1873 Monet, leading impressionist artists Société Anonyme Cooperative des Artistes, Peintres, Sculpteurs, Graveurs, etc. founded a company with the name. They started organizing collective exhibitions.


1874 An exhibition of the first Impressionist community was organized.


1877 Monet painted the "Saint-Lazare Train Station".


1878 Monet 's second son, Michel, was born in Paris. Moved to Vétheuil. Alice Hoschedé came with six children.


1879 He made snow paints in Vétheuil. On September 5, Camille died at age 32. Monet painted him on his deathbed.


1880 Monet's first and only exhibition was successful.


1881 Monet moves to Poissy with Alice Hoschedé and her children.


1883 He traveled to Etretat. Moved to Giverny. He went to South France with Renoir.


1884 He went to the Italian Riviera.


1886 He worked in Etretat and Brittany. He met Gustave Geffroy in Brittany. Gustave Geffroy later wrote on Monet's life story.


1890 Monet worked on the "Haystack" series and began the series "Poplar". Giverny'ta sitting since 1883 bought the house.


1892 He worked on the series "Rouen Cathedral". Alice Hoschedé married with Monet. 


1895 He went to Norway.


1899 Monet began the series "Water Lilies" in the water gardens of Giverny. She went to London in the fall. "The Thames and the Parliament" made a series of paints.


1908 Monet 's seeing decreased. He went to Venice with Alice.


1911 Alice Hoschedé passed away on 19 May.


1912 Monet's eyes worsened, and the ophthalmologist diagnosed cataracts.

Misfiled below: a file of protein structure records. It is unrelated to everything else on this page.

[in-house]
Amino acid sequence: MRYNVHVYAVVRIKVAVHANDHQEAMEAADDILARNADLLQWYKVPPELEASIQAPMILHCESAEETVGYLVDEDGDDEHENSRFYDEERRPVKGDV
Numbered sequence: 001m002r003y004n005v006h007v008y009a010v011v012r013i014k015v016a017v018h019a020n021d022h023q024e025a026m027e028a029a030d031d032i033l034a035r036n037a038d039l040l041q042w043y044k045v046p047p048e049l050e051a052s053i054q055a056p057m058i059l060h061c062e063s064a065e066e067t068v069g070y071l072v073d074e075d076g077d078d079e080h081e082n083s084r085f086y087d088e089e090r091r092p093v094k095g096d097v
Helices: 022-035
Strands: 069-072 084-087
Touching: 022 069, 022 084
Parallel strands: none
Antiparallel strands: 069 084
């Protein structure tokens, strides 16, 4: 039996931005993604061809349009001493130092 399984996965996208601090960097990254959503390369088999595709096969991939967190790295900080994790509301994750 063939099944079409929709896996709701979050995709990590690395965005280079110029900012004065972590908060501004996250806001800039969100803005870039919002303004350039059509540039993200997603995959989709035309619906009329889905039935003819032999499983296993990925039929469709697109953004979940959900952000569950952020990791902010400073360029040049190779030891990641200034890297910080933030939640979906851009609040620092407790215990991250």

1914 Monet's eldest son, Jean is dead. Monet began making giant water lilies as a mural. France entered the First World War on 3 August.


1915 Monet established a new workshop for the paintings of "water lilies".


1918 A ceasefire was announced on 11 November. Eight paintings from the water lilies donated to the state in honor of the Armistice Agreement.


1923 Monet's eyes became healthy through two operations; returned to painting. He continued to work on the great lotus ornaments.


1926 Claude Oscar Monet, died on December 6 at the age of 86 in Giverny.

Garden and Water Lilies in Giverny - Claude Monet

The sky was now just a reflection, and now it was in the lower half of the painting as opposed to the upper part of his paintings. The darker and visually heavier coastline was also in the upper half of the picture. Having bought the land in Giverny, Monet had begun to reorganize the garden. By creating parallel borders according to their types and colors with their own designs and arrangements...

Impression, Sunrise - Claude Monet

The art critic Louis Leroy wrote the most serious critique of the exhibition. Louis Leroy named Monet's "Impression, Sunrise" as the name of the whole group.

"The Luncheon on the Grass" Scenes

In 1863, only half of the paintings applicant to Paris's famous painting exhibition "Salon" was accepted. Upon the complaints of the artists that were not included in the exhibition, III. Napoleon allowed him to organize another exhibition under the name of "Salon des Refusés". In this exhibition, Manet's painting "The Luncheon on the Grass" had caused a great noise and caused a scandal...

La Grenouillère - Renoir with Monet

The two painters worked on the same subject on their coffee tables placed side by side. They both chose people who had fun on a small islet called Flower Pot with a single tree on it. Monet and Renoir transferred such a page to the canvas in Bougival...